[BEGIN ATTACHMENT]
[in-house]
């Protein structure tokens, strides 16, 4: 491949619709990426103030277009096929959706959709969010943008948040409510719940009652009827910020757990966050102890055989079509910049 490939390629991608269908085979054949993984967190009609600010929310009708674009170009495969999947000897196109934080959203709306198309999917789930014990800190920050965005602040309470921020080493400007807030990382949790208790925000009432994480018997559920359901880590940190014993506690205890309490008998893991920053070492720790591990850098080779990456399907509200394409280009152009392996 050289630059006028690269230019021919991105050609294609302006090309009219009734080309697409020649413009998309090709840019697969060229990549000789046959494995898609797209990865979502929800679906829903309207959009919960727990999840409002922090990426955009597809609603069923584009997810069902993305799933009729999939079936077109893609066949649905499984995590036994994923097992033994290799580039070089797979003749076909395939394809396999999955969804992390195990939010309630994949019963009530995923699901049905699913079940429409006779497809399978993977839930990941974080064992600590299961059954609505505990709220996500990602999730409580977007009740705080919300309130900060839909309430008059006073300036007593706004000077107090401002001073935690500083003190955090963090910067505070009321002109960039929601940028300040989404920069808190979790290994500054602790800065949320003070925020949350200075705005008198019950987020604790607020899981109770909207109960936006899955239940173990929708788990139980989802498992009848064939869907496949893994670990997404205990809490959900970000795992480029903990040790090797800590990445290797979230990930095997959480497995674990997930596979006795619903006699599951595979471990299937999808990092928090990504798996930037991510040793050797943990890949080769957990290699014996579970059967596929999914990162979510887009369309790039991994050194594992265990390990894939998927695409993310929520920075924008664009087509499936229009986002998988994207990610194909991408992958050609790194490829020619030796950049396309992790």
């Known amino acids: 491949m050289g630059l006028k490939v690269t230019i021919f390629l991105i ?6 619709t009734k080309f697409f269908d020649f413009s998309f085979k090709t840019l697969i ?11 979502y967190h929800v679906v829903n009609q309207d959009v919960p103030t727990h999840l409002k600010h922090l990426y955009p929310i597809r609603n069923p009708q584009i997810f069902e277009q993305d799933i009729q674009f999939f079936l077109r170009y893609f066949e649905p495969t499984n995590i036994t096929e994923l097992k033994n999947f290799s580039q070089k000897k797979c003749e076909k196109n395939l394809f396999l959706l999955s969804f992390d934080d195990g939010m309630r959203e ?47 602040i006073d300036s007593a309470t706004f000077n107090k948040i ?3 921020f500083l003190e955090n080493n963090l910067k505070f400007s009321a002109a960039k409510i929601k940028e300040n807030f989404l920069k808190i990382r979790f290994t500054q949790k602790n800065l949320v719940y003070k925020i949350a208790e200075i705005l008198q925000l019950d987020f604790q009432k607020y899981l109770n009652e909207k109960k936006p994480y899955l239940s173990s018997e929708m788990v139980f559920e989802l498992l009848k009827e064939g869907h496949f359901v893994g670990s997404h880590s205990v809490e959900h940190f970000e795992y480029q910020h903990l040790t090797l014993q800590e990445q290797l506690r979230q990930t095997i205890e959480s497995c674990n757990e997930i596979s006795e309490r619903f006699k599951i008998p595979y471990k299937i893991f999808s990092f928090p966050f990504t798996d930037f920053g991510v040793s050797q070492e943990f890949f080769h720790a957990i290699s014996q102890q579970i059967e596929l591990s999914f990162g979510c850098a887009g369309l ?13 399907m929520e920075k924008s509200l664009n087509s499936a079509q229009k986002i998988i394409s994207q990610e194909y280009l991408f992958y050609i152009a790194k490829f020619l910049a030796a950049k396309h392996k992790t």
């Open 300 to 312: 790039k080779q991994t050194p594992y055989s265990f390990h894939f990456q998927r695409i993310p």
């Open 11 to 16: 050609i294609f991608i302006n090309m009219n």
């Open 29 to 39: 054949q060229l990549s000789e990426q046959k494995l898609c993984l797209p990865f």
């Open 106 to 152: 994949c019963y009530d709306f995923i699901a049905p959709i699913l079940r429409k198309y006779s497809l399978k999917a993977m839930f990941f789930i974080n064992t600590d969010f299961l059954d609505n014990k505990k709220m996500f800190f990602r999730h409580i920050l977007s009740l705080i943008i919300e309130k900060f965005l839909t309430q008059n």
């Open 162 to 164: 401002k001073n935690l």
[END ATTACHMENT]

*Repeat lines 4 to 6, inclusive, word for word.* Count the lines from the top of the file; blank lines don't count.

């Open 300 to 312: 790039k080779q991994t050194p594992y055989s265990f390990h894939f990456q998927r695409i993310p």
């Open 11 to 16: 050609i294609f991608i302006n090309m009219n």
């Open 29 to 39: 054949q060229l990549s000789e990426q046959k494995l898609c993984l797209p990865f």